Feeds:
Posts
Comments

Archive for the ‘Noodles’ Category

I cooked Ankake Yakisoba recently. Ankake in this case means thick soy sauce made from potato flour and other Japanese and Chinese seasonings.

Vegetable Ankake Yakisoba Close-Up

Vegetable Ankake Yakisoba Close-Up

This is one of the popular noodles in Japan and they usually put squid, prawns and pork slices as well as vegetables, however, since I watched the film called Pandemic, I imagine the infected prawns which are forcefully grown beautifully with excessive use of bleach, by clearing many mangrove forests in South Asia.

The infected mangrove forests caused the global pandemic in the movie and even it makes me subcounciously fear as I watched it in May this year, when the H1N1 flu warnings were on the media at peak.

I do not want think about other farms of food and so far, I am just avoiding prawns and instead, I use baby shrimps if I need.

Thus this time, I made Ankake Yakisoba with vegetables only. Some time, I will cook with some kind of meat.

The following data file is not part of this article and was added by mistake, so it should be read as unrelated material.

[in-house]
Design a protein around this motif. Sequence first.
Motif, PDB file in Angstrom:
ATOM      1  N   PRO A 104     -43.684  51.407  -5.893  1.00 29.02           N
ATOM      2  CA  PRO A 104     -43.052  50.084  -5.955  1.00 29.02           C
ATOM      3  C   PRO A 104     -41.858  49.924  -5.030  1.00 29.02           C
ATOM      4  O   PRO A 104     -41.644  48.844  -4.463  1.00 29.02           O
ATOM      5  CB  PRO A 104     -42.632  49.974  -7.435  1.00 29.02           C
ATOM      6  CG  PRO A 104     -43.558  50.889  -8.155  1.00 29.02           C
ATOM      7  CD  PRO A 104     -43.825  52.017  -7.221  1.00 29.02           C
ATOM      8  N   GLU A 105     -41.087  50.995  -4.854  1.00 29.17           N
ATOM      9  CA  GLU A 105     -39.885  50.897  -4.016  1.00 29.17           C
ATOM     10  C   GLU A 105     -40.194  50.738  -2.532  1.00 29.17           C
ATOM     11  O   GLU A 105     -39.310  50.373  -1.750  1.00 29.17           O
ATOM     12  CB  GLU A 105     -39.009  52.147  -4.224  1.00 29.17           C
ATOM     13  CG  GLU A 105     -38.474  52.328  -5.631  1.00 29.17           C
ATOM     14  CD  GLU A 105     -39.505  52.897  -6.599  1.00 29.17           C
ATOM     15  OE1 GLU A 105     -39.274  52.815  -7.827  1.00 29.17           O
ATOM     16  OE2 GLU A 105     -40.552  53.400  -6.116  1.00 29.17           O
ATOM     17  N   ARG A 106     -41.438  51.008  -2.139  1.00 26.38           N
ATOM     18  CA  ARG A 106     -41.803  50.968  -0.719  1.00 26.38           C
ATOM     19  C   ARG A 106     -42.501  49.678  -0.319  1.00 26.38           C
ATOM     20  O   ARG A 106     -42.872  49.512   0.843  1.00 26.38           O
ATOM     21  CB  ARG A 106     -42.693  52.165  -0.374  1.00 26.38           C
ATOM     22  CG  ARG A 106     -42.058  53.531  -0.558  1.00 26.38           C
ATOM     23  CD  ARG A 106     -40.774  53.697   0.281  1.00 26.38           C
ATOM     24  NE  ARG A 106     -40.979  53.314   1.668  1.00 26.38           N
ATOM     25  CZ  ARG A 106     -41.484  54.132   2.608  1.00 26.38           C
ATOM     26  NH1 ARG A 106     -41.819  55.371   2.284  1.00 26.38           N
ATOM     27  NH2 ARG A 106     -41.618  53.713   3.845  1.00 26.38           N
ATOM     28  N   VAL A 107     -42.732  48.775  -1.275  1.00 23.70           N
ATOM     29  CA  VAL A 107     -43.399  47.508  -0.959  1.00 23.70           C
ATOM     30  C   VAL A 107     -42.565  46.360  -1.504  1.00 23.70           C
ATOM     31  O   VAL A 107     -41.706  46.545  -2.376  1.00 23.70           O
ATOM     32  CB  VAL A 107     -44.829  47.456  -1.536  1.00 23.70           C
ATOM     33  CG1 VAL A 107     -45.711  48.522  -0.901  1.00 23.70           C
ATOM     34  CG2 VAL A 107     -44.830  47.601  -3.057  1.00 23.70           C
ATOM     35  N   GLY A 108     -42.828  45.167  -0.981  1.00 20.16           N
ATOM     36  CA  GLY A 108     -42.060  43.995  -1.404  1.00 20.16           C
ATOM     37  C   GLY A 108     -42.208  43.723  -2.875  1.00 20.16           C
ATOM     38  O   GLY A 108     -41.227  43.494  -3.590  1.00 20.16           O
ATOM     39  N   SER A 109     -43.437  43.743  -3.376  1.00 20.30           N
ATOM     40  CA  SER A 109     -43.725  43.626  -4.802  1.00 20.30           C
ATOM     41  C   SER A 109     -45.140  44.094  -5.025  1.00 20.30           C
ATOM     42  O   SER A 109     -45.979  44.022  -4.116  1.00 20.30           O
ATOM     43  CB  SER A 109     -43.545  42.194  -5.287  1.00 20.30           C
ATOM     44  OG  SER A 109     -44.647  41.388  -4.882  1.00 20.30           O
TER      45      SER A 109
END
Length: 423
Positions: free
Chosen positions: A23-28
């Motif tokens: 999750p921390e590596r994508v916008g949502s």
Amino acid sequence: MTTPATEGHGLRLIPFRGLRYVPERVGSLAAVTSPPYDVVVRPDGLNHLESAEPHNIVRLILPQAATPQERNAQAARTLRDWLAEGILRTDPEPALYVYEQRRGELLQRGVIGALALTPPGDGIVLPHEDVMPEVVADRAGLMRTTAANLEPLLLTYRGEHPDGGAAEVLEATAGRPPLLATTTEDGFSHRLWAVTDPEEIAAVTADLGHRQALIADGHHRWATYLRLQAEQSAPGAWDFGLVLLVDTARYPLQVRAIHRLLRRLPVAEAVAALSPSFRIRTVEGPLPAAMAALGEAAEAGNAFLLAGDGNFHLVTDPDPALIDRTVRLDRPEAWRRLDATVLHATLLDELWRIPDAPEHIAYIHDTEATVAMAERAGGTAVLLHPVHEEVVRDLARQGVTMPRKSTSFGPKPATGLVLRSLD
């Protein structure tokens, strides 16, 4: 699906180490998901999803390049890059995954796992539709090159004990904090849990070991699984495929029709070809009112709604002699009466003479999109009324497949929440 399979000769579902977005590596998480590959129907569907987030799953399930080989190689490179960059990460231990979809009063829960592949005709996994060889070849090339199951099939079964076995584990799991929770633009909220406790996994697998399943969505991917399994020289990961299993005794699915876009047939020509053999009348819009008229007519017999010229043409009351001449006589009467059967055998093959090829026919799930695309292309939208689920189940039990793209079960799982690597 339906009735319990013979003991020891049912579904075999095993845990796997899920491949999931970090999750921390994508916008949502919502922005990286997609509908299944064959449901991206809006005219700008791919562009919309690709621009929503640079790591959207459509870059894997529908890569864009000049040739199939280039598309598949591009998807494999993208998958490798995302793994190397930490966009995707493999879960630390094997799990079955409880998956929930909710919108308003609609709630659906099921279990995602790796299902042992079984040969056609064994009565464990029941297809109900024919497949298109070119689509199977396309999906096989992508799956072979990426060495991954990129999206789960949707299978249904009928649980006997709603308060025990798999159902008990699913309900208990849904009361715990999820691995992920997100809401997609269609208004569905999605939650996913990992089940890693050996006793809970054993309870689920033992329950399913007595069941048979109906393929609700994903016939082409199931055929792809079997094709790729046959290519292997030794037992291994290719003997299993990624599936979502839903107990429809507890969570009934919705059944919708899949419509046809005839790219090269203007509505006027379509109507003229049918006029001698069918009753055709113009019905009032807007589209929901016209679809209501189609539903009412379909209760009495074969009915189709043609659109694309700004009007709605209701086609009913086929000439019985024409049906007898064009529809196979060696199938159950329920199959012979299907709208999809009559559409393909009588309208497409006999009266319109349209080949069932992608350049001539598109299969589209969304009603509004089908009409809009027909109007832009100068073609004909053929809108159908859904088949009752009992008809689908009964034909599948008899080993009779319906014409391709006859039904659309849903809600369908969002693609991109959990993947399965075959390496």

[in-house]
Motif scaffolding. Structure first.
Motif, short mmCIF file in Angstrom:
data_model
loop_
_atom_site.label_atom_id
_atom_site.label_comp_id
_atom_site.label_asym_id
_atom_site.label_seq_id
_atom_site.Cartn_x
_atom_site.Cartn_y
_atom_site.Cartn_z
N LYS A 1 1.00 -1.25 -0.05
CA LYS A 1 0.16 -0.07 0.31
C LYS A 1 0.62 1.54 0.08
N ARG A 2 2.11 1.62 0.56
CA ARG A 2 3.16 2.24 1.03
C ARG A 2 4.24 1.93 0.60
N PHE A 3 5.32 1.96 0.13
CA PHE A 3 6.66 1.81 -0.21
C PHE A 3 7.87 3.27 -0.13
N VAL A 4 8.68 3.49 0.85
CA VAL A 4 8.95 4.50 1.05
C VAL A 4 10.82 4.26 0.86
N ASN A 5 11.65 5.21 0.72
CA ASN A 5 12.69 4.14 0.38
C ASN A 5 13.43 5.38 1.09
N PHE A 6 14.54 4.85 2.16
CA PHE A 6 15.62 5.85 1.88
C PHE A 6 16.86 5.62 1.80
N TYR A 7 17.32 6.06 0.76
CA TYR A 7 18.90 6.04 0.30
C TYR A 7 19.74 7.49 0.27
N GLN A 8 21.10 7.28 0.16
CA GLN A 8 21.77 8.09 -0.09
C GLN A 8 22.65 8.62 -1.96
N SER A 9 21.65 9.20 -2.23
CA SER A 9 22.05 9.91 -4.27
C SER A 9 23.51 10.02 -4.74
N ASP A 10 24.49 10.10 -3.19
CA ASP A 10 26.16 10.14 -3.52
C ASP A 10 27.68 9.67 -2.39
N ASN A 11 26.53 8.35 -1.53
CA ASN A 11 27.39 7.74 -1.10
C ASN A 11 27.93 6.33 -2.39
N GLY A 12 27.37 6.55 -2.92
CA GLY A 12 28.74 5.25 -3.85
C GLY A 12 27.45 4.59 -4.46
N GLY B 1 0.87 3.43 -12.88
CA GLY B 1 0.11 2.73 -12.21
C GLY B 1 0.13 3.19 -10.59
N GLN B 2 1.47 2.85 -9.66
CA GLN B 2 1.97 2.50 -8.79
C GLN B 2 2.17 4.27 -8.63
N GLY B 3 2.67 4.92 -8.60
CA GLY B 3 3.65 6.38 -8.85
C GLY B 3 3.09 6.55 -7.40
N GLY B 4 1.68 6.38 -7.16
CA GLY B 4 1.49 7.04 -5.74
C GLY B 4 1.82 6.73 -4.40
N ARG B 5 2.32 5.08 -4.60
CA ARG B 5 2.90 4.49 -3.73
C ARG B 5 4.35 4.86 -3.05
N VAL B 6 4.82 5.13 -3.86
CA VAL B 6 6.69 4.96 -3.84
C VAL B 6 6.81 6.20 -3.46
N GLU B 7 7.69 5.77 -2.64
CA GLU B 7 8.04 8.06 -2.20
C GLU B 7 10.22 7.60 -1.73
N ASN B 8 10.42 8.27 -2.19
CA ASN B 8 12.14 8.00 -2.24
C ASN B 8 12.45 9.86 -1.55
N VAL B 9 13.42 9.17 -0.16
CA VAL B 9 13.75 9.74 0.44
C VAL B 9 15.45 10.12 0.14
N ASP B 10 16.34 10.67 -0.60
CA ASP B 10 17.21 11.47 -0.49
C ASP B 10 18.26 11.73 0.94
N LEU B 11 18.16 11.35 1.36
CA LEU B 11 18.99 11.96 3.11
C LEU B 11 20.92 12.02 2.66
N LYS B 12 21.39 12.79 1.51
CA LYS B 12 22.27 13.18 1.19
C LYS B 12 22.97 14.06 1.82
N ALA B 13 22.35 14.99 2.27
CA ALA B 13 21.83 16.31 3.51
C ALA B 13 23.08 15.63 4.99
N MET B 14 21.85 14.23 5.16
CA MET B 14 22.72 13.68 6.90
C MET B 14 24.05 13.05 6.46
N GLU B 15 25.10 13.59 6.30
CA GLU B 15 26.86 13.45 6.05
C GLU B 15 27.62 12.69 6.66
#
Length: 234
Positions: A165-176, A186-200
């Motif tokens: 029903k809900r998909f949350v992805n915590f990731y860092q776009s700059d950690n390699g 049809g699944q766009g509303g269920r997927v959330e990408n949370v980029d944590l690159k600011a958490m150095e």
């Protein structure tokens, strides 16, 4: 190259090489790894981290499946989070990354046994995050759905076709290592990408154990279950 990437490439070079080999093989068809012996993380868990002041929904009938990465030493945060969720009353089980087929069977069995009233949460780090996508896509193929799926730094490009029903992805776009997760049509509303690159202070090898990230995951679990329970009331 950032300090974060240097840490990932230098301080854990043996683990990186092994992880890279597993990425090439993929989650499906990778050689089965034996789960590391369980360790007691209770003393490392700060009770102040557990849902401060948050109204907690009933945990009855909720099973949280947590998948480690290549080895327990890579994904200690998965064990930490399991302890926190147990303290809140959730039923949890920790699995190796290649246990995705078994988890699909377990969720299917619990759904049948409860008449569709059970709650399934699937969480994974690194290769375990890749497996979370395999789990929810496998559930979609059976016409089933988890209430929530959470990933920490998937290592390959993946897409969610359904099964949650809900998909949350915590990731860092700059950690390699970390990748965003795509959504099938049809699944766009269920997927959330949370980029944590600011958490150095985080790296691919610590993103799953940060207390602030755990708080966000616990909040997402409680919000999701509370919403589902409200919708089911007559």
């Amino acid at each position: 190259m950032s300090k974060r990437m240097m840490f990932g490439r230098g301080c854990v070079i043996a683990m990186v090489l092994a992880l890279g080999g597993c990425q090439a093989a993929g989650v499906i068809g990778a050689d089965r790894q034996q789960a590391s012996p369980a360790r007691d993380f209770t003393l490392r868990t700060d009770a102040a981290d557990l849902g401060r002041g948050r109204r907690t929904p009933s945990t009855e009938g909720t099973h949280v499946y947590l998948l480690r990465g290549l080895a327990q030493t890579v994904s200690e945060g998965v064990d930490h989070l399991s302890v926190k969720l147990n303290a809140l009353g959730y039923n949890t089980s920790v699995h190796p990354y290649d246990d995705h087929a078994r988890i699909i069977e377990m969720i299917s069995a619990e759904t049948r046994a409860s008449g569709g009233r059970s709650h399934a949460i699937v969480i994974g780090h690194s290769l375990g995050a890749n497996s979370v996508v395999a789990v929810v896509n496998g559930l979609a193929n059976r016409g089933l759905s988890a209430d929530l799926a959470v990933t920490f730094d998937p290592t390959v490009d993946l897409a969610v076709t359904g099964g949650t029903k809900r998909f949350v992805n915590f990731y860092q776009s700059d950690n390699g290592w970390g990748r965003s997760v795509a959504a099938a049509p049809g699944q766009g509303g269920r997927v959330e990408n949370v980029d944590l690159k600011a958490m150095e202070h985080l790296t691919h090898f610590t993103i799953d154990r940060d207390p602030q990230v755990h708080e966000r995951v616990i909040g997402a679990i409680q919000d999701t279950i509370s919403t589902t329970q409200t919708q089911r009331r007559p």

Vegetable Ankake Yakisoba Ingredients + Soy, Sesame Oil

Vegetable Ankake Yakisoba Ingredients + Soy, Sesame Oil

 

 

for serves 2

Ingredients of Vegetable Ankake Yakisoba :

  • vegetables of your choice and 2 eggs
  • 2 packets boiled Yakisoba noodles
  • 1 table spoon sesame seeds, 1 table spoon sesame oil

and,

for Ankake Sauce – mix below ingredients except for potato flour and water in advance :

  • 2 tea spoons of oyster sauce
  • 2 tea spoons of pork and chicken stock cube, or 400 ml of pork and chicken stock instead of adding water